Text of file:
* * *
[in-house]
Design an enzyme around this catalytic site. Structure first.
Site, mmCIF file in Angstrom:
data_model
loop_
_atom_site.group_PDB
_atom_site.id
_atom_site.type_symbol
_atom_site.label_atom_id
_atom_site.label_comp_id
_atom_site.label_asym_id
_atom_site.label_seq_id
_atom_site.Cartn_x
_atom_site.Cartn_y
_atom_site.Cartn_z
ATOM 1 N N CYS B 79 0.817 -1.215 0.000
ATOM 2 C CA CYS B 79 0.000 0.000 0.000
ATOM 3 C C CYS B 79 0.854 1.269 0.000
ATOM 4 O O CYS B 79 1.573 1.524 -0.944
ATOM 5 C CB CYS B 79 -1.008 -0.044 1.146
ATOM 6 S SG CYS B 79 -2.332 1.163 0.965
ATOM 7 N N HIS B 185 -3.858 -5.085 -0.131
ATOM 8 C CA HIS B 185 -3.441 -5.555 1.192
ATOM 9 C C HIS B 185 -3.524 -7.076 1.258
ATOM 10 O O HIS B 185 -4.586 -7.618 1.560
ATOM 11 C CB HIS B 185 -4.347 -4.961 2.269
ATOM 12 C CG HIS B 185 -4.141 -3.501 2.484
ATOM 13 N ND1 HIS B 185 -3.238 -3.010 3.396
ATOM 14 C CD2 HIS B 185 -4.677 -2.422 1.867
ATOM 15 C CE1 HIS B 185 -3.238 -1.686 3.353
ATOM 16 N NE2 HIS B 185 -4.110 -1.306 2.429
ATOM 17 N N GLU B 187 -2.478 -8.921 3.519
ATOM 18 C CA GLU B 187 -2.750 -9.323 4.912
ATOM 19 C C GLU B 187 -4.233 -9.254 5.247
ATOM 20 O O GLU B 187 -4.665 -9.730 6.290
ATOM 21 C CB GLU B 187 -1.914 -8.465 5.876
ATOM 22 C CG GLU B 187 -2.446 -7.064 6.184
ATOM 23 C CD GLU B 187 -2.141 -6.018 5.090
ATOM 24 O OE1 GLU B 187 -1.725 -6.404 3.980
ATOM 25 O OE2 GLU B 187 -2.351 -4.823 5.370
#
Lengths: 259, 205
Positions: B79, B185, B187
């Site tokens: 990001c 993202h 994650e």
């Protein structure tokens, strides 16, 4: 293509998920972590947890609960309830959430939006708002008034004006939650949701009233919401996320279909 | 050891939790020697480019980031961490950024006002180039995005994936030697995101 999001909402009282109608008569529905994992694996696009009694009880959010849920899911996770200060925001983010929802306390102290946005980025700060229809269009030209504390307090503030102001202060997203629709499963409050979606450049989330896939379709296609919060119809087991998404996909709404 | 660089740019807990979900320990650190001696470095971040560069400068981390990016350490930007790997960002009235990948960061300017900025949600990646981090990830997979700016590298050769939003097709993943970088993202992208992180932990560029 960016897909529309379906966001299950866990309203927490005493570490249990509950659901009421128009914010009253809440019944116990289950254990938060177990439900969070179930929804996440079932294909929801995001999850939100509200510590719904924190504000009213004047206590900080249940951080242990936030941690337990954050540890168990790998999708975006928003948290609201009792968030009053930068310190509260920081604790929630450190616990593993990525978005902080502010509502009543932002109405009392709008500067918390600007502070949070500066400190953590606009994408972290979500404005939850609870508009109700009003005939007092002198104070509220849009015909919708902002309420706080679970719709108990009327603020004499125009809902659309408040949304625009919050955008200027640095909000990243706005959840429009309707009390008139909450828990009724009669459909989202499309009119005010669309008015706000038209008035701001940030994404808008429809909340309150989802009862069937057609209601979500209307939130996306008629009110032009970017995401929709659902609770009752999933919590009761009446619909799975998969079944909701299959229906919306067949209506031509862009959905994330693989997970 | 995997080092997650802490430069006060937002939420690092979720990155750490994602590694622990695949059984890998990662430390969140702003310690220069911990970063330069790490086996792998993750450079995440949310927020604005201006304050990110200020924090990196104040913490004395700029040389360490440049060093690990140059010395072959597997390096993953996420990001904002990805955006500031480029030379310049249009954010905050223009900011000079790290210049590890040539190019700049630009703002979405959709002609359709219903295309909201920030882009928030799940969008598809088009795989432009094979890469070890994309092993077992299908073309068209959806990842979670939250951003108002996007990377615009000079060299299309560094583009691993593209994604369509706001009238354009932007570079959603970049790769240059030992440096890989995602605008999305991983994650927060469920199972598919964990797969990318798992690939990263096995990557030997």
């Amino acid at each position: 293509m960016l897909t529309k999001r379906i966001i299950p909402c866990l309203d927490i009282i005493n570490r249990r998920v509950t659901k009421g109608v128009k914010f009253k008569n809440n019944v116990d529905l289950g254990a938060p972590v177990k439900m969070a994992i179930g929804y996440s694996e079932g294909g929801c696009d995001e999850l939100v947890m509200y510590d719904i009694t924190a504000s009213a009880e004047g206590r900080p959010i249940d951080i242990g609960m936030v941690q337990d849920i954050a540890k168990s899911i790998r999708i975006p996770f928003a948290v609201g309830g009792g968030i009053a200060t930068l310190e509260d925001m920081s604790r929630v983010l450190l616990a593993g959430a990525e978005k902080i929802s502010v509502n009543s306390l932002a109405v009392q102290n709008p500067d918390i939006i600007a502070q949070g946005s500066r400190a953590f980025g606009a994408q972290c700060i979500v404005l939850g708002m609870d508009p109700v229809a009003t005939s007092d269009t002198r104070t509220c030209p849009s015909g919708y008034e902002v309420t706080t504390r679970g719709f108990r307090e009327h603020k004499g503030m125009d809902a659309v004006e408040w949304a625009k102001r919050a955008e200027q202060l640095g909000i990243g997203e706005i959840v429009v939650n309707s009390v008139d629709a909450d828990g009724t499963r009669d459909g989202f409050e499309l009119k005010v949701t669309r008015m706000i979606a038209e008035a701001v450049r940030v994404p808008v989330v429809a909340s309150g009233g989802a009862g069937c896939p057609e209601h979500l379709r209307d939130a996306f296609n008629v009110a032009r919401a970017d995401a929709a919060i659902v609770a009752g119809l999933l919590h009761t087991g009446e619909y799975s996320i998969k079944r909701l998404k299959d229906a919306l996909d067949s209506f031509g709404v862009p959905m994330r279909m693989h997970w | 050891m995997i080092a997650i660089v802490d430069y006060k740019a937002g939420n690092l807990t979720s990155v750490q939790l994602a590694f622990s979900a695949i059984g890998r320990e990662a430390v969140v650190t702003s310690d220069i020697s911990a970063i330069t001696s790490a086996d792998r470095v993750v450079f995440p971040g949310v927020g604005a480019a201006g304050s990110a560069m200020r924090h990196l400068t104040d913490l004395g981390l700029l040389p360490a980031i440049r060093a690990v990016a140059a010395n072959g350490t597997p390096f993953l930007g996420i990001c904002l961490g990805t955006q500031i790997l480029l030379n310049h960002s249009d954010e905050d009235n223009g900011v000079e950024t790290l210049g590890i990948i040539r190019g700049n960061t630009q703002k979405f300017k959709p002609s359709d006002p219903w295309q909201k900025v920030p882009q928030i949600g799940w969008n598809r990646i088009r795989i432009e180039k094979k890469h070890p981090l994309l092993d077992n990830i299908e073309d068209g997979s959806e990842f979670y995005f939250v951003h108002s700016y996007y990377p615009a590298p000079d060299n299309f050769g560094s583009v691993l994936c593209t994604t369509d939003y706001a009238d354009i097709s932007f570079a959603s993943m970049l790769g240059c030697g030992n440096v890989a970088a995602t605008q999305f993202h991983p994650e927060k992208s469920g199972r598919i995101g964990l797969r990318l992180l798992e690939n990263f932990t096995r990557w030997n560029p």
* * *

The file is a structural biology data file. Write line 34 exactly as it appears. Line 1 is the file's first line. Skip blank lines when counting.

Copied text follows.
ATOM 19 C C GLU B 187 -4.233 -9.254 5.247